After you’ve done the meeting, I think there’s a lot of kind of post-decision work. So hopefully you’ve got the decision. You want to basically keep people abreast of the good work you’re doing. What I love to do is send around a weekly update. It’s a really super short email I’ll put together, or it can go on an internal wiki, for example, as well, if you’ve got that. But I’ll send it to the wider organization, not just stakeholders, and it keeps people abreast of the good work you’re doing.

It can be as simple as a summary, so this is what’s happened this week, a little bit of, again, setting the background, and then a bulleted list of updates. This is what we’ve done. These are the results we’ve achieved. These are the things we’ve launched. You may not have loads of stuff that you’ve launched. It could just be this is what the team has been doing. This is what they’ve enjoyed working on.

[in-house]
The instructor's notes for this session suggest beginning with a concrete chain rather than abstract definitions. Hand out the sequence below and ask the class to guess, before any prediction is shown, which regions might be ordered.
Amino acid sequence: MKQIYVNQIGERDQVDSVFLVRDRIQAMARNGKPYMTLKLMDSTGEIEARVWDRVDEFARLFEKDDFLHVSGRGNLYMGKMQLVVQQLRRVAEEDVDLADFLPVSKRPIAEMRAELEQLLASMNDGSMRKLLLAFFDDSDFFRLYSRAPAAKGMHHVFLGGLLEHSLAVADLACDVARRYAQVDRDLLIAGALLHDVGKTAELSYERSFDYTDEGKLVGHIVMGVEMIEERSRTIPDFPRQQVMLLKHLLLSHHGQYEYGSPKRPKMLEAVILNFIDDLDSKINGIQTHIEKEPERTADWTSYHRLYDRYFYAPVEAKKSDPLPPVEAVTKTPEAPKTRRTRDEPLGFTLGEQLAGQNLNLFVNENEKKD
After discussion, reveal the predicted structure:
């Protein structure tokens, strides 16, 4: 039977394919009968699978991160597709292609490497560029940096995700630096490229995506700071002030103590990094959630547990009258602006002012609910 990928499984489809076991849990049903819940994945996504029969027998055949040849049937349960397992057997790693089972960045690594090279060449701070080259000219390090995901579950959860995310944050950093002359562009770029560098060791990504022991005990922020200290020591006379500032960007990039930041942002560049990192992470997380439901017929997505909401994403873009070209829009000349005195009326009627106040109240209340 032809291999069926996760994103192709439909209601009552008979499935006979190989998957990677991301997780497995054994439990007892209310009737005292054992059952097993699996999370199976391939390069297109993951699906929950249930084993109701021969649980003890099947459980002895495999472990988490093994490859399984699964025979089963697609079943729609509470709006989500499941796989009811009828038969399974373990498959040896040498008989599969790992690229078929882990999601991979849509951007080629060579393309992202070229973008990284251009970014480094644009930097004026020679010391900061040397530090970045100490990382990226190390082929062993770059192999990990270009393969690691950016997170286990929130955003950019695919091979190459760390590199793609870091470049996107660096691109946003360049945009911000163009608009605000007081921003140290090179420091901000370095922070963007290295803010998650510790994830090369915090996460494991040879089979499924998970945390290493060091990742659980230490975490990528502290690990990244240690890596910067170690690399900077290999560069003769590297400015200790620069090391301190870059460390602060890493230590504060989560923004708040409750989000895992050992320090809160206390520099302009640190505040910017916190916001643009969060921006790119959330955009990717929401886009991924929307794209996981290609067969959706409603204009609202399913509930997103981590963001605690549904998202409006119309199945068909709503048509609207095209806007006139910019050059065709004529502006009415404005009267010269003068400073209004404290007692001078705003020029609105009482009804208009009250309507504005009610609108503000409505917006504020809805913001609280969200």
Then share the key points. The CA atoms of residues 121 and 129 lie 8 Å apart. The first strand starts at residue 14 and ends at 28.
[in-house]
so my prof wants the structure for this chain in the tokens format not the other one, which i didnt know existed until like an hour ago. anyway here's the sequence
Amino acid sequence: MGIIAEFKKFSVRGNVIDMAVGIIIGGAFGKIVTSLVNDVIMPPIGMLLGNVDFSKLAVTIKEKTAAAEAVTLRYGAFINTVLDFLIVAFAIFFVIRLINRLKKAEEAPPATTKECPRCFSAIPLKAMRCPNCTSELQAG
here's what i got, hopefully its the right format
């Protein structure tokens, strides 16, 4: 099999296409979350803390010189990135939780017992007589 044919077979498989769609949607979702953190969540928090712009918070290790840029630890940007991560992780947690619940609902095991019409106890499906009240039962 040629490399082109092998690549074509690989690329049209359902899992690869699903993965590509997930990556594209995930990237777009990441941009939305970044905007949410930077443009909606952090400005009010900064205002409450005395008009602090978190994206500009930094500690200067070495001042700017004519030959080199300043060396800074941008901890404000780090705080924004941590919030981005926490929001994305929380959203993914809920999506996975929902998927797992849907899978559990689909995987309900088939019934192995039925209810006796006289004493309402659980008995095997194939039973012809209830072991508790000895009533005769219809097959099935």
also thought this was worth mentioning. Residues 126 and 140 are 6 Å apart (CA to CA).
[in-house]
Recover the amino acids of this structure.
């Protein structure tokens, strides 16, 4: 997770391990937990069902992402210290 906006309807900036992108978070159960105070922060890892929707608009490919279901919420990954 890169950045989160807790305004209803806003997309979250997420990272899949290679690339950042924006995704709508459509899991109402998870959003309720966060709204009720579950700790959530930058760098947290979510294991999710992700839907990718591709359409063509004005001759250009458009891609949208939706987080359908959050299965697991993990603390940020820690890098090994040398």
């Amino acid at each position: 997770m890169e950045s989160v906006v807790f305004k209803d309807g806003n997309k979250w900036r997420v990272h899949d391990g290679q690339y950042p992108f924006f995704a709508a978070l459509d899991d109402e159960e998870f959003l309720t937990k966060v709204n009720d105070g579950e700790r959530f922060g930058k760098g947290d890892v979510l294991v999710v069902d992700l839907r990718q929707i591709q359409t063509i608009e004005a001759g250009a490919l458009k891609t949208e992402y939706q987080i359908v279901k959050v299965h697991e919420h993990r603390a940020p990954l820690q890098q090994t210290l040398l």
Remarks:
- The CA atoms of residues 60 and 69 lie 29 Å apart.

It doesn’t have to be really in-depth or anything like that or anything scary. Then finally, this is the most important point of this communication — close with an invitation to engage. I’ve done these before and sent them around organizations and sent them to developers and engineers, and actually opening that door and saying like, “Look, this is what Marketing is up to. These are some of the things we’ve been doing. These are some of the results, the outcomes we’ve got. Hey, does anyone have any questions or thoughts on them?”

It invites that conversation, and it really helps you kind of nurture your internal audience. We’re very good at nurturing external audiences, but I think we can do better internally as well. 

5. Why I pass